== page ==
Swim Mom Musings: Trust Your Journey

Courtesy: Donna Hale

My daughter’s longtime club coach has a saying. I cannot even imagine the numbers of times I heard it: trust the process. It was his way of letting swimmers know that every race will not be a PB, and there will be ups and downs. But he believed that if you put in the work, over the long run you’d become your best self and best swimmer. My daughter is about to enter her third season in the NCAA with a brand new team in their first season. She will be one of the veterans and knows that it is her role to help build a culture of joy, respect and fun and lead by example.

She has come to learn that Coach Bill was right. However, she’s discovered that his advice runs deeper than making you a better swimmer. To be a happy athlete and successful person, you must embrace and trust the journey – learning to love all the moments along the way.

She is excited about being part of creating something that will thrive for decades and longer. Mostly she’s thrilled to be part of a tribe of people who’ve got your back and for whom you would do anything to ensure success and amazing moments.  She left something behind to ultimately find what her heart and soul longs for:  being part of something bigger than herself – a team that inspires and excels.

These decisions are hard.  But they are worth the change if you trust the journey. What does that mean for a swimmer.

  1. At the end of the day,  it’s usually best to follow your heart.  It already knows who you want to be and how to get there.  Listen to your heart.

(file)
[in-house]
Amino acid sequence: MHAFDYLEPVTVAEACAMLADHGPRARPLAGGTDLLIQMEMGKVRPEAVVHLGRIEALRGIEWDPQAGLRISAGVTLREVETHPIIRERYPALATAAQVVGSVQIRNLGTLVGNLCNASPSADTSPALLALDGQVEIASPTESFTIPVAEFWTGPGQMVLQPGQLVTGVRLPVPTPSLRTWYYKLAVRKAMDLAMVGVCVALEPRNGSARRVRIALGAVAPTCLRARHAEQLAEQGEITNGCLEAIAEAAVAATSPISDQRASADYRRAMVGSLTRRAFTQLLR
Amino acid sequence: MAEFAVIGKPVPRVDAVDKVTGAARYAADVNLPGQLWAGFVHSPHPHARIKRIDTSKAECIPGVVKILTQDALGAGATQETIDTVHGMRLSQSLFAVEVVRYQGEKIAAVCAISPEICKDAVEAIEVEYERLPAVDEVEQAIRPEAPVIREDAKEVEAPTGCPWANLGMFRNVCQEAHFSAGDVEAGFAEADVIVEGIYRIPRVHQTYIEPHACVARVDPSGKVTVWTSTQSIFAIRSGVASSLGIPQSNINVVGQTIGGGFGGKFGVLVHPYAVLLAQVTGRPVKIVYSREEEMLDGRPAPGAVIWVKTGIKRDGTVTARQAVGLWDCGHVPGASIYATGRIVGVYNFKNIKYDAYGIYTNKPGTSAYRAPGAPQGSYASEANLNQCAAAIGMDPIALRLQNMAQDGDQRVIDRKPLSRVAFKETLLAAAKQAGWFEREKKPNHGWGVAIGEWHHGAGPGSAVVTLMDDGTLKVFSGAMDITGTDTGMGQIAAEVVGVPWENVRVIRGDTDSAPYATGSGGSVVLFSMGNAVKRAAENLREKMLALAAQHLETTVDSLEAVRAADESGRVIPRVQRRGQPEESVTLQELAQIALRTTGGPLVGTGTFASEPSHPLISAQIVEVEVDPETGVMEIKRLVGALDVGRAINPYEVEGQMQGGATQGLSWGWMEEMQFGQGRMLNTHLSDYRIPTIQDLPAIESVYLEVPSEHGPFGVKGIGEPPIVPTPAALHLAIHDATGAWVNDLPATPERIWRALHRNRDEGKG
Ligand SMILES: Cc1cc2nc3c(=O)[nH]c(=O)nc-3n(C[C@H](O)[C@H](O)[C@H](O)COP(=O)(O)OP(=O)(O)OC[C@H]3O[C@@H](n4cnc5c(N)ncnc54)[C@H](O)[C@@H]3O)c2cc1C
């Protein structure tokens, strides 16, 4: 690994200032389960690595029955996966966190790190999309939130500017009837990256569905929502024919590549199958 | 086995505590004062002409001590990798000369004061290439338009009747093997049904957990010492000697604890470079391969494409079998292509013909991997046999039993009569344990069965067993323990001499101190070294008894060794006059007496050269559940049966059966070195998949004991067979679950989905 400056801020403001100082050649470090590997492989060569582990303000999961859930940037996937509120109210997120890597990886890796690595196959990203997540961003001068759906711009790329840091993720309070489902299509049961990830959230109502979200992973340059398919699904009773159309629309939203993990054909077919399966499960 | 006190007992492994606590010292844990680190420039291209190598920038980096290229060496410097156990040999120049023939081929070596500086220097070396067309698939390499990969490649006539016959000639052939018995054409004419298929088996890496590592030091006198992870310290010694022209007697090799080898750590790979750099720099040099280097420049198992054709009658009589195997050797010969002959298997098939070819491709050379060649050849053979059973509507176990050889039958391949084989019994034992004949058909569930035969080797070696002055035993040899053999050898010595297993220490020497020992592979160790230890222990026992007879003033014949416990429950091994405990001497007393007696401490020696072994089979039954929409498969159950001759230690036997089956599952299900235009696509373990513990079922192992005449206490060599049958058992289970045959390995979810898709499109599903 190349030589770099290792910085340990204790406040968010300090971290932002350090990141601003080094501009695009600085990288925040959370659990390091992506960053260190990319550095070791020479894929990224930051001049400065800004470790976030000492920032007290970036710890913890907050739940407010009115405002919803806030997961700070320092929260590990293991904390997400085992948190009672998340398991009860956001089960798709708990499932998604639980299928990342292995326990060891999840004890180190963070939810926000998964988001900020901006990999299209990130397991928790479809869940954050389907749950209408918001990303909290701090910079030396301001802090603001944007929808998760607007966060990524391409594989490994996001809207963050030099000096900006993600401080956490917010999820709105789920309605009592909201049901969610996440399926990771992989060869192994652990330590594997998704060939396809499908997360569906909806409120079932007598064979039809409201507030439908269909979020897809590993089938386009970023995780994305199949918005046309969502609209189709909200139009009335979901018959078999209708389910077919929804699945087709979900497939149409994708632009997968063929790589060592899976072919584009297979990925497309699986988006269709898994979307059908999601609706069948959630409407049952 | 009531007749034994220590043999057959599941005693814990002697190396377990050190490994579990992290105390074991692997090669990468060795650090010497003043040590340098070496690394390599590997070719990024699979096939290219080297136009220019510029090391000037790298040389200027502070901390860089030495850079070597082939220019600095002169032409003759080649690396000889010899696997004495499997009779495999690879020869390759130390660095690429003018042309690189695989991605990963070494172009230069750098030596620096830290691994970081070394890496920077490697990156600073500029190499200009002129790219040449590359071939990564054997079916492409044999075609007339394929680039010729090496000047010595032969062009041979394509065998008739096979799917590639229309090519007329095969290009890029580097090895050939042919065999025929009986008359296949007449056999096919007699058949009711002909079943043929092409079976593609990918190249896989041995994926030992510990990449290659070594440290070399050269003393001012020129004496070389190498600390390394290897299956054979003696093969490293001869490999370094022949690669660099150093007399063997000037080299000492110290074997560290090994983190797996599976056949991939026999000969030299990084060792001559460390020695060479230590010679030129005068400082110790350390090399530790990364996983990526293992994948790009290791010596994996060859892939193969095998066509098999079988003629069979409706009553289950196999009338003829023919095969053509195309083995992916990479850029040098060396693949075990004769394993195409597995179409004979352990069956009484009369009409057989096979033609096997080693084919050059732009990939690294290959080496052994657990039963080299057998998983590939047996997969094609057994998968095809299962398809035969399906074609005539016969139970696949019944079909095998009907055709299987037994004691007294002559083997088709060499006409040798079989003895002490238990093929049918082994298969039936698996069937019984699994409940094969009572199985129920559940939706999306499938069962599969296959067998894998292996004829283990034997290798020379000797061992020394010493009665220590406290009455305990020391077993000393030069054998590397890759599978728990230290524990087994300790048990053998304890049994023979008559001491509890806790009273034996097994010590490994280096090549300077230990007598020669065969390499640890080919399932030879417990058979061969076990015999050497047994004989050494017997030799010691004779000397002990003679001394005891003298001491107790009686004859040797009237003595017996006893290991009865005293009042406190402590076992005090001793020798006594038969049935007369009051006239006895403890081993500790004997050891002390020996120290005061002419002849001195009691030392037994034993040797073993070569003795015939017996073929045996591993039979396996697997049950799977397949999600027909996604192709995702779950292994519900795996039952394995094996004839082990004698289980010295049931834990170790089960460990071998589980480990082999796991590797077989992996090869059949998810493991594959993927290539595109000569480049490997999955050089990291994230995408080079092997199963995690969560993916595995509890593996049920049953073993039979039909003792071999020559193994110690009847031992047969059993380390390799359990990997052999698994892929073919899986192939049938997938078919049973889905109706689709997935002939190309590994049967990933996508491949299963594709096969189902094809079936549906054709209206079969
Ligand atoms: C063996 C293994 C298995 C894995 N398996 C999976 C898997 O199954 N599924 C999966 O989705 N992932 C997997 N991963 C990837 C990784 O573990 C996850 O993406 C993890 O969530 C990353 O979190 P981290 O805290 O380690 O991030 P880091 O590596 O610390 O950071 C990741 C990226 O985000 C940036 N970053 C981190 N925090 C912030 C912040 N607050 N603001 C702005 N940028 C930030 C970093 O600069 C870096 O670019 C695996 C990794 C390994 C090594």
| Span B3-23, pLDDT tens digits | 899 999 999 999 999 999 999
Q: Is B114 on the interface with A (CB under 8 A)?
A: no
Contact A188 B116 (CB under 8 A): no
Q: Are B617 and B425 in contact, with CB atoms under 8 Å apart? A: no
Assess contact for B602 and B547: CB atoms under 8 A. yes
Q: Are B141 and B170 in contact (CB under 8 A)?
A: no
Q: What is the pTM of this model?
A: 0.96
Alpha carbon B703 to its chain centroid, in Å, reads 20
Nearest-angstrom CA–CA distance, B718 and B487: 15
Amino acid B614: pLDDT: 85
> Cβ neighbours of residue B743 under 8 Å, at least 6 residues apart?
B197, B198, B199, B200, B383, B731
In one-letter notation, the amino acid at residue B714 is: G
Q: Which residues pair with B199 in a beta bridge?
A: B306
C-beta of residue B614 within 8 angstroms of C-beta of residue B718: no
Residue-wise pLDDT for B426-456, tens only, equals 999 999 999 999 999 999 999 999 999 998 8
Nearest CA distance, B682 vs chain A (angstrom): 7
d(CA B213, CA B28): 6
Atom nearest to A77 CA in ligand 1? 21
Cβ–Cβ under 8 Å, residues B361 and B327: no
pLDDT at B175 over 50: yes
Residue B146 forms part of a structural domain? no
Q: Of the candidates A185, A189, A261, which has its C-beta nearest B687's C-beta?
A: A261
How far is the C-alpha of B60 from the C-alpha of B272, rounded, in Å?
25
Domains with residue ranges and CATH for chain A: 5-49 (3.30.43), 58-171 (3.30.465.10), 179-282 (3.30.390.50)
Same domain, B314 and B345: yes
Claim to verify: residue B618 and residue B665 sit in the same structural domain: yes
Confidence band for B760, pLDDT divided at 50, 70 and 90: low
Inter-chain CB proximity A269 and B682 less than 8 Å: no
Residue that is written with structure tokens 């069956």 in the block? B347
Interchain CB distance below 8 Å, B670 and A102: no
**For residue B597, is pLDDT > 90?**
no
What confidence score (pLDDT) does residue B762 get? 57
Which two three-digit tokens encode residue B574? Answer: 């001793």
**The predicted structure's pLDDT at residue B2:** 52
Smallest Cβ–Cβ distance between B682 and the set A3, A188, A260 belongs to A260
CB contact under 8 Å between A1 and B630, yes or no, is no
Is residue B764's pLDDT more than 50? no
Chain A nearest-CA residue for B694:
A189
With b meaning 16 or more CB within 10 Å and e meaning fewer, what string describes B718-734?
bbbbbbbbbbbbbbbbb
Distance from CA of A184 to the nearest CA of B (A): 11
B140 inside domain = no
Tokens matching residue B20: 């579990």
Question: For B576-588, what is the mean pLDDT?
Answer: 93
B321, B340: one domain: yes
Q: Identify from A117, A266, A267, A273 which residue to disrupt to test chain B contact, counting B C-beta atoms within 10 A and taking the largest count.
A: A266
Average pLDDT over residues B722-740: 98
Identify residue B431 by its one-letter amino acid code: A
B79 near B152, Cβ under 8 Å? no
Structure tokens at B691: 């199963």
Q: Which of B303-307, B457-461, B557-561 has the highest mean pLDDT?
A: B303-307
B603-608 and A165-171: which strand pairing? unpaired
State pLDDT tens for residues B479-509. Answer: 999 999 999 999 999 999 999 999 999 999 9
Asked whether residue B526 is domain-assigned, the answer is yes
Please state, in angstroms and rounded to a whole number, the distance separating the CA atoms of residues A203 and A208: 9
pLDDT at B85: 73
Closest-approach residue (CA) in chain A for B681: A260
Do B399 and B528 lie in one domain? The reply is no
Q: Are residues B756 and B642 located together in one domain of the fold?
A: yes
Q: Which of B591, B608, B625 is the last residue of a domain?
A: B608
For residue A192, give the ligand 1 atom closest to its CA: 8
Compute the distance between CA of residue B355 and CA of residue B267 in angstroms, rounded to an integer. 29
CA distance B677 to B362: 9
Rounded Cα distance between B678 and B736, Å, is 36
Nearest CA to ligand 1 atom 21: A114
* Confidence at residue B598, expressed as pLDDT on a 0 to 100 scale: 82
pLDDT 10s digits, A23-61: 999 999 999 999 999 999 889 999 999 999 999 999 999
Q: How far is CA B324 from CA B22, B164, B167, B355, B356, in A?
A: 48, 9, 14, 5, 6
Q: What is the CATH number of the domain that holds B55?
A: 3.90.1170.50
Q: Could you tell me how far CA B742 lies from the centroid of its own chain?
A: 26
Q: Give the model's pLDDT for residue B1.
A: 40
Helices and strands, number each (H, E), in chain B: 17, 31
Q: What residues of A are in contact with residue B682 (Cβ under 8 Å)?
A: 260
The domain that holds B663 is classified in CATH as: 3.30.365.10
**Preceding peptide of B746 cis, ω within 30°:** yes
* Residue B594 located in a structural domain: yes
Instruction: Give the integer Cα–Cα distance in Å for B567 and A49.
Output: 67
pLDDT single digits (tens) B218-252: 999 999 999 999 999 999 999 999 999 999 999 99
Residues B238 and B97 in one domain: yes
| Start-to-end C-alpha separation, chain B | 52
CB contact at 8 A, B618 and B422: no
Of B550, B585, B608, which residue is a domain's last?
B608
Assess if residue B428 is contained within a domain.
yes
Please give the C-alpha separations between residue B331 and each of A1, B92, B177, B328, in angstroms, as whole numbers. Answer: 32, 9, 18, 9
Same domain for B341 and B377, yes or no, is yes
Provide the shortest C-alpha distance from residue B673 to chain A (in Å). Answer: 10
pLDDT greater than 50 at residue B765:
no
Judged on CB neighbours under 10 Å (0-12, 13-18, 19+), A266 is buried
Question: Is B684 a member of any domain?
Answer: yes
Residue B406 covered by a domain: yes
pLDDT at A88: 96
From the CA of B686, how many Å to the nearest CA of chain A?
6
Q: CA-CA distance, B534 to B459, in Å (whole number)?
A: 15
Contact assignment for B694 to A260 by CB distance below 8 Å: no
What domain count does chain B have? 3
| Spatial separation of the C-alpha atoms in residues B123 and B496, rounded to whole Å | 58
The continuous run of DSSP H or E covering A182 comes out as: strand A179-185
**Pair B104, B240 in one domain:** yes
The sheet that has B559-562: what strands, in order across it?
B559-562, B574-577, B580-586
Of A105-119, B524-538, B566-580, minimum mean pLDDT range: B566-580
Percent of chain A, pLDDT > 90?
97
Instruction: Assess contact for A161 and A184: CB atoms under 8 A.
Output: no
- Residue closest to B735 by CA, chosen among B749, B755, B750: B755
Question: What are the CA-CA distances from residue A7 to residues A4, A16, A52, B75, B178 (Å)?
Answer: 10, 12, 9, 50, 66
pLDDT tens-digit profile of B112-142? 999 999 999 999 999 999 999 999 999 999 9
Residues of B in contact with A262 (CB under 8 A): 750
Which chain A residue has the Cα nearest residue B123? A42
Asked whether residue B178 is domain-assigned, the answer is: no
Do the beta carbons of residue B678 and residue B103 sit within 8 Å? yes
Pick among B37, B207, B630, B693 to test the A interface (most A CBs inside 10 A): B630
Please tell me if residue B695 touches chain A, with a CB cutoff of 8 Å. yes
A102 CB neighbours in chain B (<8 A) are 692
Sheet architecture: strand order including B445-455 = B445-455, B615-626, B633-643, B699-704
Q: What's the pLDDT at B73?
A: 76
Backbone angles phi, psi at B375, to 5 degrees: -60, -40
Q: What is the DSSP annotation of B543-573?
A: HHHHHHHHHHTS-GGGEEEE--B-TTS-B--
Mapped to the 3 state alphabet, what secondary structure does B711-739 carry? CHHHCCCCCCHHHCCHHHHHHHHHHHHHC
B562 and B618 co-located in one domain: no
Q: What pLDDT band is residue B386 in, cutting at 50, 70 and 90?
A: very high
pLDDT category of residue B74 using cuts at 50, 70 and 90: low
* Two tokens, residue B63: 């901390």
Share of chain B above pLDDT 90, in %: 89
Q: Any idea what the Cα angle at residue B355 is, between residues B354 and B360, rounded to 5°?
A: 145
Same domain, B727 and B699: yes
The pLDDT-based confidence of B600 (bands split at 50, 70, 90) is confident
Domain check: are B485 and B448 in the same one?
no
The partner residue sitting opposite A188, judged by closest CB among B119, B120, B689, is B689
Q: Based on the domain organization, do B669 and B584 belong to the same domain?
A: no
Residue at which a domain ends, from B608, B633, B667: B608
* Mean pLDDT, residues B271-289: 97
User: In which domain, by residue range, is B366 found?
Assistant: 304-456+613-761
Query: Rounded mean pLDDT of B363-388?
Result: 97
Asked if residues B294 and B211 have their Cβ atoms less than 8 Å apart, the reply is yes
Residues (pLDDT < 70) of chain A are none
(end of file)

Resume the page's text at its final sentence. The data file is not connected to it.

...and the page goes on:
2. Change is hard, but also uplifting.  The easy choices are not always the ones that take you to the mountaintop. No one ever promised college athletics would be easy.  But, if it is your destiny,  it is so worth it.  Amazing friendships.  Incredible memories.  A journey you will never forget.
  3. Leave the past in the past. Sure it is important to move forward using all you have learned. It is equally imperative to be present in the moment absorbing all you can in these fleeting moments.  One day before you know it the moments will be memories.
  4. Bask at times in the solitude of swimming. Hours spent between the lane lines can offer moments of self-reflection that only swimmers can understand. Sometimes the silence speaks volumes.  You learn a lot about yourself.
  5. Give back.  Service has been a constant along my daughter’s swimming journey. You’ll learn lessons not available in the pool.  Service also creates team bonding – one of the great benefits of the sport.
  6. Set goals and chase dreams.  But grab the joy.   It is often disguised as hard work like 1200 IM for time. Yes, my swimmer girl has done that.  Or 10000 yards of free the morning after Thanksgiving. She’s done that.  Or lifting weights in the early morning hours when your body is screaming sleep.  She’s done that too. As you compete in athletics and do it for many years you learn the most important lesson of all.  Your journey is the dream.

About Donna Hale

Donna Hale has been a swim mom for 16 years.  Her daughter Hannah will swim this fall for the University of Lynchburg Hornets in its first season for decades.

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